The Osun-Oshogbo Festival

The Osun-Oshogbo Festival

The unique thing about the Oshogbo people, are their traditions, beliefs, and culture that have survived through time. Their early history is founded on mythical and spiritual beliefs. While traditional festivals may have been modified over time, they are still celebrated as they should be. One of such events is the Osun-Oshogbo Festival.

Osun, the river goddess, is credited with founding and establishing Oshogbo town. She is also described by some to be Oso-Igbo, the queen of the town. As such, the Osun-Oshogbo Festival, which has been commemorated for more than six centuries, is built around the relationship between the first monarch of the Oshogbo kingdom, Oba Gbadewolu Laroye, and Osun.

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The Osun-Oshogbo Festival, which is marked annually in Oshogbo, celebrates Osun the goddess of fertility. Its purpose is to renew the contract between humans and divinities – in turn, must fulfil their part of the agreement, which is to honour her sacred grove.

The Osun-Oshogbo Festival is part of a rich and religious Yoruba tradition that is one of the top ten religions in the world, practised by more than one hundred million followers. Celebrated every August in the sacred grove, the Osun-Oshogbo Festival is a two-week celebration that draws thousands of Osun worshippers, tourists, and spectators from all over the world. For the Oshogbo people, August is a month of cleansing, celebration and reunion with their ancestors and founders of the kingdom.

What Happens at the Festival?

The Osun-Oshogbo Festival starts with “Iwopopo”, which is the traditional cleansing of the town. This is followed three days later by the lighting of “Ina Olojumerindinlogun”, a six-hundred-year-old sacred sixteen-point lamp. The crowns (ibroriade) of past rulers (Ataojas of Oshogbo) of the kingdom are assembled, after the lighting of the lamp, for blessings. The sitting Ataoja(king) of Oshogbo, the Arugba, Yeye Osun and a committee of priestesses lead this part of the festival. The Arugba ritual is one of the major highlights of the festival and is led by a votary virgin who is put in spiritual seclusion before the festival begins. Clad in traditional attire, with a calabash covered with red clothing that partially veils her face, the Arugba is seen as the representative of the goddess. So, as she leads the procession of worshippers to the Osun River, people say prayers and whisper their problems to her.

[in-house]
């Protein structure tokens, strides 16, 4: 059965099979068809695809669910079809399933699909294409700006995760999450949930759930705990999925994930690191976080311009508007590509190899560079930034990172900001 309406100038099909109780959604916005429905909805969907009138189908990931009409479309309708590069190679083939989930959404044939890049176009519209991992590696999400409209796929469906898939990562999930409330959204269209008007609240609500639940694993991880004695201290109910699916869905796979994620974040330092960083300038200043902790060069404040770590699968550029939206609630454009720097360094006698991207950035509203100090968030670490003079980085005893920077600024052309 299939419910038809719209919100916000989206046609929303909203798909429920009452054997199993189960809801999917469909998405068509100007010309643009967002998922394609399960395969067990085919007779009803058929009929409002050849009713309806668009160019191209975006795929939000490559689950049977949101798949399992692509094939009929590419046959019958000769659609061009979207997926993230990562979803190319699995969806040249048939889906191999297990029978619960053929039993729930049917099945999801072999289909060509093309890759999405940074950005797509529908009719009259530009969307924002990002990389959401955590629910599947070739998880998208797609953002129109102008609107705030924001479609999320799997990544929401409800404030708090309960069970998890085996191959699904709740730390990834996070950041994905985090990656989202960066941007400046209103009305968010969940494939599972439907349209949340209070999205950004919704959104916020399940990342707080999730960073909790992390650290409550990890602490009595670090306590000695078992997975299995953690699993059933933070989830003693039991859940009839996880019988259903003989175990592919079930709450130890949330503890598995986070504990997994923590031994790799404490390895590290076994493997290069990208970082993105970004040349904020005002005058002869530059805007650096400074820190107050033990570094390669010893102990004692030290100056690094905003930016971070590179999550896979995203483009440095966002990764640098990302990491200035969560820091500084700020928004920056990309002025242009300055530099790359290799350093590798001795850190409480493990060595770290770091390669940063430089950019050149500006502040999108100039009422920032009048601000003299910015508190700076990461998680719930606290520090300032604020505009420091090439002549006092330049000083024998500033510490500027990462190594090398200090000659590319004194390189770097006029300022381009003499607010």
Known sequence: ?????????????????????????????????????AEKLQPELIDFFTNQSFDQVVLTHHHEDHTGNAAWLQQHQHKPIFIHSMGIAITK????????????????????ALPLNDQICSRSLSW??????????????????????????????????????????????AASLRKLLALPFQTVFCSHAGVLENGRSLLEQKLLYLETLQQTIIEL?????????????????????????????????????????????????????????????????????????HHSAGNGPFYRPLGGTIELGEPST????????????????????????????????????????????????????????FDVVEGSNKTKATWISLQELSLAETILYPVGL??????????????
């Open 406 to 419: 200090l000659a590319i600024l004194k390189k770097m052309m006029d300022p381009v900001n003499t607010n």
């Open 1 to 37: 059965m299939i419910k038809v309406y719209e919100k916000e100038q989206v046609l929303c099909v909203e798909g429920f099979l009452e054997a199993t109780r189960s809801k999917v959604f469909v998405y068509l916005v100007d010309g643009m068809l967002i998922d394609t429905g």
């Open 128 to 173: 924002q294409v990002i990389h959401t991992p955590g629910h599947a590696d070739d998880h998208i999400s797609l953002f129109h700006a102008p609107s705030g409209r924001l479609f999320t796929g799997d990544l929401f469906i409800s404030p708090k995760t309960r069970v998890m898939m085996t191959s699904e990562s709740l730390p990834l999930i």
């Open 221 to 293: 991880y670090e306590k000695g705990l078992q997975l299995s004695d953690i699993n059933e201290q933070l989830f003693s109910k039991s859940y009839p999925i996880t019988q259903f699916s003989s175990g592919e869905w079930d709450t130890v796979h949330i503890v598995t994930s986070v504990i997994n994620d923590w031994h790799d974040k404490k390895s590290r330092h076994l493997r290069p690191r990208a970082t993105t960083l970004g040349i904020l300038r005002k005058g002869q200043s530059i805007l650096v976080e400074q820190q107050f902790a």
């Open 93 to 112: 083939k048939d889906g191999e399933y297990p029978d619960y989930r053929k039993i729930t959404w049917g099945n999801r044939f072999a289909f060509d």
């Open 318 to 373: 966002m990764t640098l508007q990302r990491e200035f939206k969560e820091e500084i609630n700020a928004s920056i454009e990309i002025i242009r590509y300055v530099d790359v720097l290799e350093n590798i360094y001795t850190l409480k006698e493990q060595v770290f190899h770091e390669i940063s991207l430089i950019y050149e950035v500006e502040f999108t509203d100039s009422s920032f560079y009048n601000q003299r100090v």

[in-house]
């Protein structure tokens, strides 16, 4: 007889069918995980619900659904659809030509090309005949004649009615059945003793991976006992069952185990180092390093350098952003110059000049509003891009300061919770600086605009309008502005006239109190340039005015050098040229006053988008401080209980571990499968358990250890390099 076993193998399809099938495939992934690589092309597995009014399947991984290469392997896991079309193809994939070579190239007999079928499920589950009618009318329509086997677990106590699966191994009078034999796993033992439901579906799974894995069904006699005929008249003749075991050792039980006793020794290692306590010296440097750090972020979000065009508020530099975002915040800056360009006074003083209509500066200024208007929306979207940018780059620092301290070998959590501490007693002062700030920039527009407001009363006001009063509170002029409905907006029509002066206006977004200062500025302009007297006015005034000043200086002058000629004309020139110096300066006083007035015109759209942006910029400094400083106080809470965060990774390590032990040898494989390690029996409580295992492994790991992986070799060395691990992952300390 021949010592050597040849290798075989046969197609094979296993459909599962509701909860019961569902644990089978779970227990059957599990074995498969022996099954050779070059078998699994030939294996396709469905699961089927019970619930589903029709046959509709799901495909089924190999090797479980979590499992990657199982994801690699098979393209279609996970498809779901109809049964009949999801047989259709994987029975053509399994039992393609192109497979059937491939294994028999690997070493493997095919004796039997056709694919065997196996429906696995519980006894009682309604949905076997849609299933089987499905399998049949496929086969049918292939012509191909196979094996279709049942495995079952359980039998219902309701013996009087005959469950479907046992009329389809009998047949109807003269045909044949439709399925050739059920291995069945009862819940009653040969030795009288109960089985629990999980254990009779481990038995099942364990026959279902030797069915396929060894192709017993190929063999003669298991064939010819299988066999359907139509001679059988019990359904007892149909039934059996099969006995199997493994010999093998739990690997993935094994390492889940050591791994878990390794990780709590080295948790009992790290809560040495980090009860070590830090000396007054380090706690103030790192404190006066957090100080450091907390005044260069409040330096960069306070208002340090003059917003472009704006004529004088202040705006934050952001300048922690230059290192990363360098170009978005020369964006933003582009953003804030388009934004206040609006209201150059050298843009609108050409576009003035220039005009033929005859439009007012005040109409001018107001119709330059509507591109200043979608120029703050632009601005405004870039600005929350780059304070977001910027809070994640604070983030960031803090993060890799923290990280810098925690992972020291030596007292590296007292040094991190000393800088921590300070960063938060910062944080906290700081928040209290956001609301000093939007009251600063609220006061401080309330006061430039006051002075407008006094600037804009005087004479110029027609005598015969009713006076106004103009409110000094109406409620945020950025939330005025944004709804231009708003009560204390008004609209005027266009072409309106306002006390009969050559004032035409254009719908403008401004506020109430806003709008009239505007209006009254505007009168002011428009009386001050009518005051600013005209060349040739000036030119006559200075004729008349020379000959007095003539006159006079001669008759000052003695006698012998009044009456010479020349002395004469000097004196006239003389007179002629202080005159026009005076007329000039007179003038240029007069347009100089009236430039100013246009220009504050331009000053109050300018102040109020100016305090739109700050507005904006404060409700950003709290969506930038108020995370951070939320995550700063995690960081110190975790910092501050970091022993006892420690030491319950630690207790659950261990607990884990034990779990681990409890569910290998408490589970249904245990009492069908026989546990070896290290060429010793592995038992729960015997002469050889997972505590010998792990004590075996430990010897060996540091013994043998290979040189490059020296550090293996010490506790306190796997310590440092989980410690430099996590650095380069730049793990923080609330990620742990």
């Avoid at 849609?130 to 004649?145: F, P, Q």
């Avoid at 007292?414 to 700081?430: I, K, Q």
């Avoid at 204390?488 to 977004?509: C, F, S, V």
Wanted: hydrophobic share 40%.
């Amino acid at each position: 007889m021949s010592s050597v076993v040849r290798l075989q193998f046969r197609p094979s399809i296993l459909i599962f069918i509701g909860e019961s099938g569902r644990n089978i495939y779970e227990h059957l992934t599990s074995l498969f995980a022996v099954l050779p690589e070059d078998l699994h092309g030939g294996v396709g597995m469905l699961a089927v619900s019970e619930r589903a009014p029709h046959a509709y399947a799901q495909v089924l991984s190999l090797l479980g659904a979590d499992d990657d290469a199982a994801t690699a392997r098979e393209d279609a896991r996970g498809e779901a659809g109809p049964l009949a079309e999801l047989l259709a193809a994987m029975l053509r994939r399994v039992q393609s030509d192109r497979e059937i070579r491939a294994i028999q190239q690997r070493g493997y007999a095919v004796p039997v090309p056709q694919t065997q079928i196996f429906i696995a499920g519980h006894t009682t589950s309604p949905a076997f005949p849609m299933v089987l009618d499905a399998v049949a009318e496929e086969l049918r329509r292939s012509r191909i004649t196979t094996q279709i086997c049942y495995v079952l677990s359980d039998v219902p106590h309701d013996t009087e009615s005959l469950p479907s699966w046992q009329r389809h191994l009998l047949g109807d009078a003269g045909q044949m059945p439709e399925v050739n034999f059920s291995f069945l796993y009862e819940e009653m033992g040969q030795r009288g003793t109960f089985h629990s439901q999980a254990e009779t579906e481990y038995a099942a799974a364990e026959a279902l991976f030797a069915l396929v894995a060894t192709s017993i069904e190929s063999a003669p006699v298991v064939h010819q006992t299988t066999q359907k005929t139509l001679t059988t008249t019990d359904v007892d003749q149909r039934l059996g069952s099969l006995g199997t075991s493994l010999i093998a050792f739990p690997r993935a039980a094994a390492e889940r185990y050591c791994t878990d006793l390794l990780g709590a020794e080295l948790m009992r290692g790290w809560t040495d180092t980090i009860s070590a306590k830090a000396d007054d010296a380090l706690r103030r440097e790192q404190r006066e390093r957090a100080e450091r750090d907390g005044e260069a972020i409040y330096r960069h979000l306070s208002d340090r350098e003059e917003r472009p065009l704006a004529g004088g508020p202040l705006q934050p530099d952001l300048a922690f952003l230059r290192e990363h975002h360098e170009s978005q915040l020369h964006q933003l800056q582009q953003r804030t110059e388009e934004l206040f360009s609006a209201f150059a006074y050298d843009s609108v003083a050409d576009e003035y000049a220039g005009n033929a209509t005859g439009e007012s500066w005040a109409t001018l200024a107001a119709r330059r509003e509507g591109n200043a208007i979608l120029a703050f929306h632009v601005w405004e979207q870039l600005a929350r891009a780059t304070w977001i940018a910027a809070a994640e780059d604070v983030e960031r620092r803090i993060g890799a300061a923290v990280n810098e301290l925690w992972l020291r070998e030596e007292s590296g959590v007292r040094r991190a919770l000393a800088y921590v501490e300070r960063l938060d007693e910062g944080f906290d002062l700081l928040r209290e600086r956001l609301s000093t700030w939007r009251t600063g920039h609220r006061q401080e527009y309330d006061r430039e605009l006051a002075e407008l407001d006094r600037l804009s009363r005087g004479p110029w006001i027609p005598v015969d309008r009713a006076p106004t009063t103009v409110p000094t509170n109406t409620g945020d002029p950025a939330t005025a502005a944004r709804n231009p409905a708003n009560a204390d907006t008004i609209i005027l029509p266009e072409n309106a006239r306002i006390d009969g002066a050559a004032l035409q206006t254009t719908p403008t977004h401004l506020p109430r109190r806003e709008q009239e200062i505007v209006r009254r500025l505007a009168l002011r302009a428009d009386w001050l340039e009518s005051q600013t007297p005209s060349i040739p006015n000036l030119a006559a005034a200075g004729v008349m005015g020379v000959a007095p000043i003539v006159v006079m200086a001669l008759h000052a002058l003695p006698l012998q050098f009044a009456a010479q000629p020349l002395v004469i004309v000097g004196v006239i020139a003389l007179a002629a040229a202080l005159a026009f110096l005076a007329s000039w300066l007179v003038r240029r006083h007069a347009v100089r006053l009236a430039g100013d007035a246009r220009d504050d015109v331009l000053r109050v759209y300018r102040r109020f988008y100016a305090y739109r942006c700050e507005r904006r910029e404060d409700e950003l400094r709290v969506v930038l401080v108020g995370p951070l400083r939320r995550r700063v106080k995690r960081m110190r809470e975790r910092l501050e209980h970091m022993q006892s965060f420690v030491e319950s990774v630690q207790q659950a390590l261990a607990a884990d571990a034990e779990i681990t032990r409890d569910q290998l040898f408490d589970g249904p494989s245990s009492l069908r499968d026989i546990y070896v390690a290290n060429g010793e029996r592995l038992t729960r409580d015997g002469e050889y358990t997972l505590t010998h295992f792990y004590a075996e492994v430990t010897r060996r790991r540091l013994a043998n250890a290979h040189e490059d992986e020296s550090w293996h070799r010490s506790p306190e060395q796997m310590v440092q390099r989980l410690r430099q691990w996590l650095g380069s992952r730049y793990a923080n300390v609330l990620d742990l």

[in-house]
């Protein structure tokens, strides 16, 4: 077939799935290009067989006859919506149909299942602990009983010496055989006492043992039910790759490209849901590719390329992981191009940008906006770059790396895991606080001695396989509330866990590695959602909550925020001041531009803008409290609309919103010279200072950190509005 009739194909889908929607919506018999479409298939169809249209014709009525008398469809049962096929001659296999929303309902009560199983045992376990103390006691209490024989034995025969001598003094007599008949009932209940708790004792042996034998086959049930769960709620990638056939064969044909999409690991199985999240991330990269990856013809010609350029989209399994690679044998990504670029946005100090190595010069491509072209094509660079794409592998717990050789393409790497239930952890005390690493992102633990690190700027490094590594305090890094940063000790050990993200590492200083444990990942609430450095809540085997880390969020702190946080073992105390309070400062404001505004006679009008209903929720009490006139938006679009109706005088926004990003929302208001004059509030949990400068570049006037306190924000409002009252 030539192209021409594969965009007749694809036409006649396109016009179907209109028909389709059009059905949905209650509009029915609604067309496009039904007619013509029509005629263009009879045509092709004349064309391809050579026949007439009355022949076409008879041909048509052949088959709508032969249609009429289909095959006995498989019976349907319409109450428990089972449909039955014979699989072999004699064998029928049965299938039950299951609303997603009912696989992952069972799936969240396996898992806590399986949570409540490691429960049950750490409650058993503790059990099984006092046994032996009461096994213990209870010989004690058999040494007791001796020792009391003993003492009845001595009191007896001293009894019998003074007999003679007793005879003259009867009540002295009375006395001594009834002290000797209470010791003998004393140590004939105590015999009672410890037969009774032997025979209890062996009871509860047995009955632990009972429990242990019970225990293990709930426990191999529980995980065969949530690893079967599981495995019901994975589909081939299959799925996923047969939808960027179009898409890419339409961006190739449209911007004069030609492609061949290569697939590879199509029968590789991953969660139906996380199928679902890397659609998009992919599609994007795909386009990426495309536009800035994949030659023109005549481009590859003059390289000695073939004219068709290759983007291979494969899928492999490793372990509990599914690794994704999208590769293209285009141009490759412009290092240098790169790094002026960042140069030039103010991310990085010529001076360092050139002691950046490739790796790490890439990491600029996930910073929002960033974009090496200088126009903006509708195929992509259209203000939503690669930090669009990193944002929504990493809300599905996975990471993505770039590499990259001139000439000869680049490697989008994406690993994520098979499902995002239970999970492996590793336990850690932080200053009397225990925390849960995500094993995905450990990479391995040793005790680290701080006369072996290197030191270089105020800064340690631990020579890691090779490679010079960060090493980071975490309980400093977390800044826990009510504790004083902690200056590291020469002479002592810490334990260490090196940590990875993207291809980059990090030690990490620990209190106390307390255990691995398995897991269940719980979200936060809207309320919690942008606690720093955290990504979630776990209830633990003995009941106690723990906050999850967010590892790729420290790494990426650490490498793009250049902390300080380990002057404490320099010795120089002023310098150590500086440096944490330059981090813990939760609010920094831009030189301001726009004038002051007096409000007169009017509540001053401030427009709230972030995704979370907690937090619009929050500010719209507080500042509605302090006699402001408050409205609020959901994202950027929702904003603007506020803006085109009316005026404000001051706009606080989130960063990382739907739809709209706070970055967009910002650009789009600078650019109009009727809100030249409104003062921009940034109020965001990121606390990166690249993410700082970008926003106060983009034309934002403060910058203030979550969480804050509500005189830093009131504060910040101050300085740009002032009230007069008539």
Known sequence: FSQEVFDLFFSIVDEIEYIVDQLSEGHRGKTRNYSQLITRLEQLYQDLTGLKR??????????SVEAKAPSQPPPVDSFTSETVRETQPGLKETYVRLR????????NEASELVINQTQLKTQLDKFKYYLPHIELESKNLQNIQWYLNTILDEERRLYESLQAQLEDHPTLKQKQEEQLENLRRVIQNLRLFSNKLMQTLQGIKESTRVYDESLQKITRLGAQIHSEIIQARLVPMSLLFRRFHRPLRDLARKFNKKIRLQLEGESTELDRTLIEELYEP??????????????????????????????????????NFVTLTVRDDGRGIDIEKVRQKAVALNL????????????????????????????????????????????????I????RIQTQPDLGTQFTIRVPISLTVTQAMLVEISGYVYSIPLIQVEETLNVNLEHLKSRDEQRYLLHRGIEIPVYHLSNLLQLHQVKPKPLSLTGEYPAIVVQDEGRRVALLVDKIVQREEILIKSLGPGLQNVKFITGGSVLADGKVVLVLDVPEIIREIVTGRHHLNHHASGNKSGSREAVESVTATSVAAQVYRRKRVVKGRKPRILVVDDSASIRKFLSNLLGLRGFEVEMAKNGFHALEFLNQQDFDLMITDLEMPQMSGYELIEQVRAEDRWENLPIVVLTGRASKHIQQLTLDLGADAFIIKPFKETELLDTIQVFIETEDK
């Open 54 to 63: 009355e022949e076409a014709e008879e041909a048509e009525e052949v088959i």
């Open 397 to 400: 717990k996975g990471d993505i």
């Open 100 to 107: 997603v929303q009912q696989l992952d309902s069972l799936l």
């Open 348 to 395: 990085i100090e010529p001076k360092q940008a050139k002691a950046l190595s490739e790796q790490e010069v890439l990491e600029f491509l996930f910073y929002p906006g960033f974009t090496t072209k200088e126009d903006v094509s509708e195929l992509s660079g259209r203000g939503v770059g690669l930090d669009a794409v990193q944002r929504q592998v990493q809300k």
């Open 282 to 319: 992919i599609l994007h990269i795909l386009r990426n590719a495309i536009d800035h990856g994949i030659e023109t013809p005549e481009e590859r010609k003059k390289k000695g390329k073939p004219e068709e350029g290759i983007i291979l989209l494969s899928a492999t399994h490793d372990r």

It is said that to be qualified to play the role of Arugba at the festival, the maiden must be born into a royal family and a descendant of the first Ataoja of Oshogbo, Larooye. She leads the procession without speaking or communing with anyone on the four-kilometre walk from the king’s place at Oja Oba to the Osun Grove in Isale Osun area of Oshogbo town. The Oshogbo people believe that if the Arugba trips on her way to the river, it is a bad omen for herself and the worshippers. To prevent this, a group of guards armed with long whips to drive back the surging crowds, surround her as she leads all to the river where sacrifices are made. Her part is said to be very important in the festival as, without her, the celebrations will be in vain.

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The Susanne Wenger Influence

While the Osun-Oshogbo Festival may have evolved from a local cultural event celebrated by the Yoruba people to an international festival that attracts people from all over the globe, the efforts of Austrian-born artist, Susanne Wenger, made the significance of the festival more entrenched in traditional worship.

In the early 1950s, Susanne Wenger and her husband, Ulli Beier were stationed at Ibadan. Hired by the University of Ibadan as a phonetician, Beier and Wenger soon relocated to Osun state. It was there that Wenger developed a deep interest in the Yoruba religion of Osun worship, and began to meet and communicate with one of the priests. Becoming a Yoruba priestess herself with the traditional title of iwinfunmi adunni olorisha (loosely translated as “the loved one who serves the deity”), Wenger was known as the white priestess.

Her influence was very remarkable in restoring and maintaining many of the shrines dedicated to the river goddess. Her ability to learn and interpret some of the intricate details of the Yoruba culture through her profound artistic gift and activism contributed much to the popularity of the annual Osun-Oshogbo Festival. Susanne Wegner also managed to preserve the forest around the grove and ensured that no hunting, fishing or felling of trees were done to preserve the sacredness of the area. In 1965, part of the grove was declared a national monument until 1992, when the entirety of the grove was declared as one. While she may have passed on in January 2009 in Oshogbo, she is still remembered by many for her work.

Omachona Eguda holds a Bachelor's degree in mass communication from the University of Benin and is at an advanced stage of her postgraduate studies in communications and language arts at the University of Ibadan. She is a writer, poet, journalist, and works as a digital and media strategist at one of Nigeria's leading advertising firms.


  1. I love to see Nigerian men in braids it disputes our colonized mentality that our men don’t keep their hair long (says who?)

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